FEDERAL Minister for Social Inclusion, Mark Butler, last week welcomed the release of the second edition of the 'How Australia is faring' report by the Australian Social Inclusion Board, saying it tells a compelling story about nation's progress.
Mr Butler said the report, which provides an updated statistical view of the nature and extent of social inclusion in Australia, makes clear the government's commitment to addressing disadvantage is having a positive impact.
"It shows that Australians are doing well in a number of areas with more Australians finishing school, older people being employed at higher rates than ever before, high and increasing life expectancy," Mr Butler said.
"Our economy continues to defy international trends and outperform other advanced economies with solid growth and low unemployment, yet 640,000 Australians still face complex and multiple levels of disadvantage each year," the Minister said.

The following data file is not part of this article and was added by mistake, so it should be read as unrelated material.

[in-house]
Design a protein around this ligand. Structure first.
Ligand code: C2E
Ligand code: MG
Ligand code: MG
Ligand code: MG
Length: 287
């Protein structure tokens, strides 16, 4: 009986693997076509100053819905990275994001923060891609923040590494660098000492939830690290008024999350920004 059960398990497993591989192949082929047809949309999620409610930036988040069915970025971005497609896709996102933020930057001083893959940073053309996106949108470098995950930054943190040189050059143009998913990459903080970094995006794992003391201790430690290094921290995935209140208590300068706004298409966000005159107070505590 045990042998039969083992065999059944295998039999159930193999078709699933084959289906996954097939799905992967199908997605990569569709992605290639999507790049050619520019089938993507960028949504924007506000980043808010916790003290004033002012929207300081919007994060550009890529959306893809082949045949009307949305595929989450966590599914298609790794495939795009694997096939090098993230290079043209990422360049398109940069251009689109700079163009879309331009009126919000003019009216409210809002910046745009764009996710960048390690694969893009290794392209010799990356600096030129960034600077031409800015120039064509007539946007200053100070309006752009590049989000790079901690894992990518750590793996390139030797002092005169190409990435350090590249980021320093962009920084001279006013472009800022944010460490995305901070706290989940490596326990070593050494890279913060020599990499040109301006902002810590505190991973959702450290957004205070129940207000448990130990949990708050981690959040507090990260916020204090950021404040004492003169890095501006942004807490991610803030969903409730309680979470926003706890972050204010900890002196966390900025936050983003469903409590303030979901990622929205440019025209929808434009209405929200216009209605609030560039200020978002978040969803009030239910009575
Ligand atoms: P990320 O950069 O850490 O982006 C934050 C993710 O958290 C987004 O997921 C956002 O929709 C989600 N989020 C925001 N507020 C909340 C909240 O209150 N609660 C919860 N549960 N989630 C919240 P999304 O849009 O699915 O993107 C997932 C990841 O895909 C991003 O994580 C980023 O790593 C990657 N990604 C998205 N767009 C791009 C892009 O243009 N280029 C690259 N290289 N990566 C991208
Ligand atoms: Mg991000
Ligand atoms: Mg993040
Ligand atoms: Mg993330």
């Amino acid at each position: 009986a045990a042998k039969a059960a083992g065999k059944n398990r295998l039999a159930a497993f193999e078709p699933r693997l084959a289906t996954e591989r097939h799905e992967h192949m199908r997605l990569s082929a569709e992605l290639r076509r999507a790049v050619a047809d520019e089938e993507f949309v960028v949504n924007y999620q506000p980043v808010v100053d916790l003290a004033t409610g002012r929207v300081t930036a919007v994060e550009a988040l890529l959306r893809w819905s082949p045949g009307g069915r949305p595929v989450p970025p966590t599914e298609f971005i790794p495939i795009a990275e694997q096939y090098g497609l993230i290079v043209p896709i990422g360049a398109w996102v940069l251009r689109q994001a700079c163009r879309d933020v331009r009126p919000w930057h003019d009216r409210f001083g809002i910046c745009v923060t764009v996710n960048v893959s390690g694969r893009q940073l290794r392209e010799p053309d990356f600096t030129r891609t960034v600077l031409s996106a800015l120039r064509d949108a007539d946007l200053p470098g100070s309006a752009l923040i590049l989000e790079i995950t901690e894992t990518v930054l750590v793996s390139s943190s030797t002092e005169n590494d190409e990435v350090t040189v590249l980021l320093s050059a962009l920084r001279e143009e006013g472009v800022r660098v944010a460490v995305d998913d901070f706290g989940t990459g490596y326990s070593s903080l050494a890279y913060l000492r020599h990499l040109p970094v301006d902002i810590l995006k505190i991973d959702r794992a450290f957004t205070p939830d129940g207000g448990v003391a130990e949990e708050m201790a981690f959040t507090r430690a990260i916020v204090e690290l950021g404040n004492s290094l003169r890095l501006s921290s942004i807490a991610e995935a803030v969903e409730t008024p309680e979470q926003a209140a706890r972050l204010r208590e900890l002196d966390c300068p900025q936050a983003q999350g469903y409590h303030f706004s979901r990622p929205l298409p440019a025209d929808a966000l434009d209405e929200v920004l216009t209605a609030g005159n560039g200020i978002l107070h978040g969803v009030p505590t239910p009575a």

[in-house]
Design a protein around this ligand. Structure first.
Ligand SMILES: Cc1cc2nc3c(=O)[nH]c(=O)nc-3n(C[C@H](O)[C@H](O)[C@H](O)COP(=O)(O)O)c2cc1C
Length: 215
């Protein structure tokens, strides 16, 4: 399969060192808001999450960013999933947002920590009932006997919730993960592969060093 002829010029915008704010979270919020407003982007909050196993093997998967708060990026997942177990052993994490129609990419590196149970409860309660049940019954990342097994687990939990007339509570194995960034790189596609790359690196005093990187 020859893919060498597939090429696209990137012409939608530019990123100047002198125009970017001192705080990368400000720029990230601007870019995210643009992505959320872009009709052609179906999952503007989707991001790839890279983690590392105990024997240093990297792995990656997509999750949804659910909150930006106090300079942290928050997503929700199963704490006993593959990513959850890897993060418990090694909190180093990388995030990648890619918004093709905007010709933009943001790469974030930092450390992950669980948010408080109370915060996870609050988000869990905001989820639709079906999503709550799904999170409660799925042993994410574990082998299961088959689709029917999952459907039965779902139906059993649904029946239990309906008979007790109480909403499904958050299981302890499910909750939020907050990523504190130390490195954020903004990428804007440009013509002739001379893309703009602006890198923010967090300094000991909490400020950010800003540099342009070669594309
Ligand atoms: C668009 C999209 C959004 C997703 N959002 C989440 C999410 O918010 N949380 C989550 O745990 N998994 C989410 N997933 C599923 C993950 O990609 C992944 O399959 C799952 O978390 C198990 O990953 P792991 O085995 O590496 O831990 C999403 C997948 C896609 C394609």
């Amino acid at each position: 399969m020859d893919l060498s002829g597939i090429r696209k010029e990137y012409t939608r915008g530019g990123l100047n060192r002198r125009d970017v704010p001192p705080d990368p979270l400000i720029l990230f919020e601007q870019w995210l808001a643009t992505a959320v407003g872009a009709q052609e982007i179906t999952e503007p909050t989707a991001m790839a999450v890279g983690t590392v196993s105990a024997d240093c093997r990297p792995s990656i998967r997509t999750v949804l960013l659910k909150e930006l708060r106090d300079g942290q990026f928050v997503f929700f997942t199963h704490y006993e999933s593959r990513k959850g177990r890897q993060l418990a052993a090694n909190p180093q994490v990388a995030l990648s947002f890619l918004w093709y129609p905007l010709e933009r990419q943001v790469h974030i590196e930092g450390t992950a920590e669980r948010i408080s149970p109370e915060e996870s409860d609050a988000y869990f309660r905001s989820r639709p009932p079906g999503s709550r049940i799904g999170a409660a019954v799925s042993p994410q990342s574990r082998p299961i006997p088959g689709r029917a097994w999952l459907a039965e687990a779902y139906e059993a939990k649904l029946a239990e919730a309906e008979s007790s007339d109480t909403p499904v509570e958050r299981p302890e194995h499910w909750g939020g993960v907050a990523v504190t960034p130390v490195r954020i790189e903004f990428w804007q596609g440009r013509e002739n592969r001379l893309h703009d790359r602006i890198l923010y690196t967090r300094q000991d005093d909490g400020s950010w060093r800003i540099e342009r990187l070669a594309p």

Lin Hatfield Dodds, the newly appointed Chair of the Australian Social Inclusion Board, said the report shows that while Australia is prosperous and faring well compared to other nations, a small but significant group of people are still missing out.
Ms Hatfield Dodds said homeless people, long-term unemployed Australians, people living with mental illness and other disability or a combination of all these things, still struggle to move beyond debilitating disadvantage.
"For the most part, Australians are doing really well… But around 640 000 people, or one in twenty working age Australians, experience multiple and entrenched disadvantage that makes it impossible to engage in a way most of us take for granted," Mr Hatfield Dodds said.
"Also of concern is Australia's rising income inequality, and the finding that we continue to have the fourth highest proportion of children living in jobless families in the OECD.
"I am optimistic that more intensive services provided for as long as it takes to a very small proportion of the population will help some of the most disadvantaged Australians live a better life.
"The Board will continue to work with government, community organisations, business and individuals to realise a vision for a more socially inclusive Australia," Ms Hatfield Dodds said.
Mr Butler said the report will help to guide the government's continued investment as a nation in areas including health and disability, employment, reducing financial stress, education, access to services, housing, public safety, and community engagement.